Life lessons for teenagers

1. Don’t tug on Superman’s cape.

2. Don’t spit into the wind.

3. Don’t post pictures of yourself participating in illegal activities on Facebook.

The children are upset because Eden Prairie High School is disciplining them for breaking school rules about drinking by suspending several students from athletic teams or extra-curricular activities (presumably not drinking related). “Unfair!” they say as they stalk to their corners (or stage a walk-out).

For educational purposes, let’s examine this logic. The students and their parents sign agreements not to drink alcohol while participating in school events (or presumably while eligible to participate), such as sports. The student breaks that pledge and the school finds out through photographic evidence. What part of basic cause and effect did you not learn in class? The school is enforcing its rules, and you should hope that the State of Minnesota doesn’t try to enforce it’s rules (called “laws”, btw) as well since underage drinking is, like, you know, illegal.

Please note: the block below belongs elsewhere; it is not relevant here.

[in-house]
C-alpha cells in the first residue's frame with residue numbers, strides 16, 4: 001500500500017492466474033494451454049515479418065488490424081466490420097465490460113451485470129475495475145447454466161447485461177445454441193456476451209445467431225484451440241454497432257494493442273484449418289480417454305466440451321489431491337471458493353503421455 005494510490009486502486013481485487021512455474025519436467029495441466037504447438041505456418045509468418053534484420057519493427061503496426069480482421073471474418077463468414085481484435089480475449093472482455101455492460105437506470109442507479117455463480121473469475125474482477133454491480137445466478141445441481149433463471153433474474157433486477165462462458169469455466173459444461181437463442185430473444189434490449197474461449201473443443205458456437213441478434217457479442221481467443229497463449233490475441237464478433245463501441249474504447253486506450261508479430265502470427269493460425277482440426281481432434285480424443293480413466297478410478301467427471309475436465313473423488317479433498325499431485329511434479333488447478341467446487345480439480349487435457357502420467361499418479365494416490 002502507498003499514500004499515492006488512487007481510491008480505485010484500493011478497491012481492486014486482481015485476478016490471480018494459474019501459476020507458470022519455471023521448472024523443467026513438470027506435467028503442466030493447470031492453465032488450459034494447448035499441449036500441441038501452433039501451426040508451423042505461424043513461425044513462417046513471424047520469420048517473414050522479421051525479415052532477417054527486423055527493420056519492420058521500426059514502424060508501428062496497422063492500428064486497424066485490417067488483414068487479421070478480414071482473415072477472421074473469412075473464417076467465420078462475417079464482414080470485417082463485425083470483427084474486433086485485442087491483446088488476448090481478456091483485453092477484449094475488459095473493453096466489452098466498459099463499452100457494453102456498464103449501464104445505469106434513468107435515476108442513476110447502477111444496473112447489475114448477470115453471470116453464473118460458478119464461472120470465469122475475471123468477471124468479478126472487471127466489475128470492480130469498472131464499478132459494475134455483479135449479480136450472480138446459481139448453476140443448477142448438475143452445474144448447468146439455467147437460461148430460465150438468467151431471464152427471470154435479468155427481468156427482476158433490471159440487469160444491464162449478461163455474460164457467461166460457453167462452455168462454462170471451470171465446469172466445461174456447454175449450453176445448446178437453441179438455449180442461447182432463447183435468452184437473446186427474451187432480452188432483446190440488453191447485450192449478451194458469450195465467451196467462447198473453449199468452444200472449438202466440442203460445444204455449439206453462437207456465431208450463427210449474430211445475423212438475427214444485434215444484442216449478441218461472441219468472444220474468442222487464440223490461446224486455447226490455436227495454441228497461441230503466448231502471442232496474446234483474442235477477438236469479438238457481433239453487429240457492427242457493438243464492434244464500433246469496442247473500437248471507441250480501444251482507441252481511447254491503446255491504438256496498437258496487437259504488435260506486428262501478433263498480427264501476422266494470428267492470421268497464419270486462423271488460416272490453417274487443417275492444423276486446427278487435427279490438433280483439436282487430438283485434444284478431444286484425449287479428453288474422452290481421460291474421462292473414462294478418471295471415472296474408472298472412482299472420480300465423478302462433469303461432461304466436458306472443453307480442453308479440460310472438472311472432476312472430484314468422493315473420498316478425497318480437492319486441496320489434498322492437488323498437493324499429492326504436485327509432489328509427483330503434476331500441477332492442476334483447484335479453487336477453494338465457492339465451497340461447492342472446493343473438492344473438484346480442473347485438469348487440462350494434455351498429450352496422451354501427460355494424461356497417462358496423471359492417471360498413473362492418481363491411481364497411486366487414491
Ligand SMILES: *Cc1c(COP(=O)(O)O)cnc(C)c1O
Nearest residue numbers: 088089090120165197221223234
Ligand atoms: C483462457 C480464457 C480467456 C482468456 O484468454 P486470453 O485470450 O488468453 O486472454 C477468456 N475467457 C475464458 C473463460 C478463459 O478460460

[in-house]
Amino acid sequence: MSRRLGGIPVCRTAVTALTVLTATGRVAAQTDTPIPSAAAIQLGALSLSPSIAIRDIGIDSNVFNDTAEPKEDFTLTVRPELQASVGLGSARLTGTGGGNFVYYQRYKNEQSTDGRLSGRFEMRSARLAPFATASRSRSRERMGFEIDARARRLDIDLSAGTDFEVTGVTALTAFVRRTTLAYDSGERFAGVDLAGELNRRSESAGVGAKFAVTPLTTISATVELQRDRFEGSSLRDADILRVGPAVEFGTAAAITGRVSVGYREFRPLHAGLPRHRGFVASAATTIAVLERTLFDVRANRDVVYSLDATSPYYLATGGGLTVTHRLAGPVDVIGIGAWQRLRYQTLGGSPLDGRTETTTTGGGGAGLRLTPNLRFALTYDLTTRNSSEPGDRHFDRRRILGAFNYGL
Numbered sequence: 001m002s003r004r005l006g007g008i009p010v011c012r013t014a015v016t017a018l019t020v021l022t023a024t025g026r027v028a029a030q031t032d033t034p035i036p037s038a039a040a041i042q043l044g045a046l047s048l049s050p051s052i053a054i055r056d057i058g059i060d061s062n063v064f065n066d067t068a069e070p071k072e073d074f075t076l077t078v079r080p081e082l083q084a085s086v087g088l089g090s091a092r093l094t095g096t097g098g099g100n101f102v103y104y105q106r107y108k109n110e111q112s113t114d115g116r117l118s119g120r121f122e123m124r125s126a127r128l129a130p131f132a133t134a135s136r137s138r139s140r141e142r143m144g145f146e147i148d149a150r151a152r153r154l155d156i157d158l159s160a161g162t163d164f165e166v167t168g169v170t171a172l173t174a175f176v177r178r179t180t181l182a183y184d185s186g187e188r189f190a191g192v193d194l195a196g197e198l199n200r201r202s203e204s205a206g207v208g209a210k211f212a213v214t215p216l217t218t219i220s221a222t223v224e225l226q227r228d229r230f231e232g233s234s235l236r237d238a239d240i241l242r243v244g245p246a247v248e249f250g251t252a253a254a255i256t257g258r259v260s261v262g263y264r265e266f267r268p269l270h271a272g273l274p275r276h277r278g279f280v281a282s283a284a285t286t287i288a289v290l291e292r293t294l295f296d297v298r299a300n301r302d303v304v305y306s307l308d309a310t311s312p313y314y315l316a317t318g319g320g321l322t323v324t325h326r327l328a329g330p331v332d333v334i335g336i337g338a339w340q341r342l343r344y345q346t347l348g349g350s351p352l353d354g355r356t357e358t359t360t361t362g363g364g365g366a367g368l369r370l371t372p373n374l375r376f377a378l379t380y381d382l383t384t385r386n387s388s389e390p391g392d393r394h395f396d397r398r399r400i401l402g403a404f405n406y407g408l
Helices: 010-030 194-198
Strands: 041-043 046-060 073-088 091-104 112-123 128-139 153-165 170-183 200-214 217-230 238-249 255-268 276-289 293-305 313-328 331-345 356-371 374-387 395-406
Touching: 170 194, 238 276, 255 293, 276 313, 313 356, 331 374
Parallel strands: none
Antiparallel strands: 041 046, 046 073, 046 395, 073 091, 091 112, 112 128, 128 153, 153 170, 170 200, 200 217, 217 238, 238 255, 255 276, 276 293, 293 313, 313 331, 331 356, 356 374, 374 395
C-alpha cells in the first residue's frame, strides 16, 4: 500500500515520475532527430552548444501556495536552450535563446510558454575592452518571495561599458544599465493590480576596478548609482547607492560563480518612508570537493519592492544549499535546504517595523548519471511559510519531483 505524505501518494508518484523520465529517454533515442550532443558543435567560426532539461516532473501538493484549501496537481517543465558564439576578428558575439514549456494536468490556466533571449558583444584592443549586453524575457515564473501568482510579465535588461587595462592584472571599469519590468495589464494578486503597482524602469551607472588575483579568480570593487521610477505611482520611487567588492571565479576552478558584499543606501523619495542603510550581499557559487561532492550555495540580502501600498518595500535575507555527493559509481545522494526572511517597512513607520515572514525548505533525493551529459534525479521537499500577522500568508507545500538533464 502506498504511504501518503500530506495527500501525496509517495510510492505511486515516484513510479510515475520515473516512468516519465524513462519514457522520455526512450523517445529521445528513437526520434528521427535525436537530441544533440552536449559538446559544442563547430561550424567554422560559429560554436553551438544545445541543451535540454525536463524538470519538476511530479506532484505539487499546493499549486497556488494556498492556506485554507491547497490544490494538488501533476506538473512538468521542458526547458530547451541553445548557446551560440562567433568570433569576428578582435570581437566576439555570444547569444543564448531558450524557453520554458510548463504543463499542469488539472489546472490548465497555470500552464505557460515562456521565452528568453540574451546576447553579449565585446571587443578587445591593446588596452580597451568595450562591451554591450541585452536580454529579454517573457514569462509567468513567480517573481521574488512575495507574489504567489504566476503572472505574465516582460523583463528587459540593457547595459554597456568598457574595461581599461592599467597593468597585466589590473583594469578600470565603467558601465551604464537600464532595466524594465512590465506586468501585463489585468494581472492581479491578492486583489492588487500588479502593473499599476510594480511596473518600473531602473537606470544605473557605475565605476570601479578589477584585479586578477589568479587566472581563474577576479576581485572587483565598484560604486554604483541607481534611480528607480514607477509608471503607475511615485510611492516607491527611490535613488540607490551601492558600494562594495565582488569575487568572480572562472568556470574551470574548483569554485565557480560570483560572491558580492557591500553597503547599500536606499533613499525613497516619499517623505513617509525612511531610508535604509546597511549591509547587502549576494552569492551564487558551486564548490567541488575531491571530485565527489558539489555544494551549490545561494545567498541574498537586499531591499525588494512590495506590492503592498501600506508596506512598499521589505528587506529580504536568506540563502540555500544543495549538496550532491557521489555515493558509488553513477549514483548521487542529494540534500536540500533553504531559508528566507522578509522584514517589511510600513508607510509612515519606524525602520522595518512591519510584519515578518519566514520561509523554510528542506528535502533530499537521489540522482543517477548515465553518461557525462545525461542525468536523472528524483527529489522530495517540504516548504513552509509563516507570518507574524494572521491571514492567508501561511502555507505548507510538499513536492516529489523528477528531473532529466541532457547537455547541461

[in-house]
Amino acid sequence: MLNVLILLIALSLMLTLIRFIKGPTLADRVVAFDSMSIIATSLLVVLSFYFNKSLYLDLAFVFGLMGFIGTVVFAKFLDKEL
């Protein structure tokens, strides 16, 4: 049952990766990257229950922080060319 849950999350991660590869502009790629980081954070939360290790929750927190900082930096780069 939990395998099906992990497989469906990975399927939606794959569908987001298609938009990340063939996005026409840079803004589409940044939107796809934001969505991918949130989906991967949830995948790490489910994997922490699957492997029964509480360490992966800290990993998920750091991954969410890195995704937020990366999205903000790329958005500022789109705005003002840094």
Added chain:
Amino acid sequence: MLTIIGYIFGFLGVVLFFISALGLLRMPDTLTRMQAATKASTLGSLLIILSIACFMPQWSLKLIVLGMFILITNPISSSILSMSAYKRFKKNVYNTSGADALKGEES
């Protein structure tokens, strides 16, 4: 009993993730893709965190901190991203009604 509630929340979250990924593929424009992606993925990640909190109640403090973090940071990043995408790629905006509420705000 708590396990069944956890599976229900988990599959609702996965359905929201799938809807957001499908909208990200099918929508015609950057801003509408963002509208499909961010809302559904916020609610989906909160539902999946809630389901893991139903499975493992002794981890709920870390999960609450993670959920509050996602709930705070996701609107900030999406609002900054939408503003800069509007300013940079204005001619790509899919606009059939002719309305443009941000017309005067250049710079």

And no, my darlings, this isn’t a violation of privacy or free speech. First, if you put something in a public place or space, it’s not private. Second, while your posting of it is speech, the punishment isn’t because you posted, per se, but because the pictures were of you doing something that broke your word, the rules and the law.

This lesson is over. Now, get back to class because I don’t think you can afford to miss many more.

One thought on “Life lessons for teenagers

  1. That and the right of “free speech” only applies to the government. The schools, while funded by, are not the government. Plus as minors, your right of free speech is tenuous at best, especially considering the content of the free speech in question.

    But yeah, when I was that age (it just occurred to me that was at least a decade ago, crap) I did my best to hide my “extra-curricular” activities from my parents. Wouldn’t even mention them on the phone out of the paranoid thought that my parents might pick up the phone and hear.

    I think our current youth is “stuck on stupid”.

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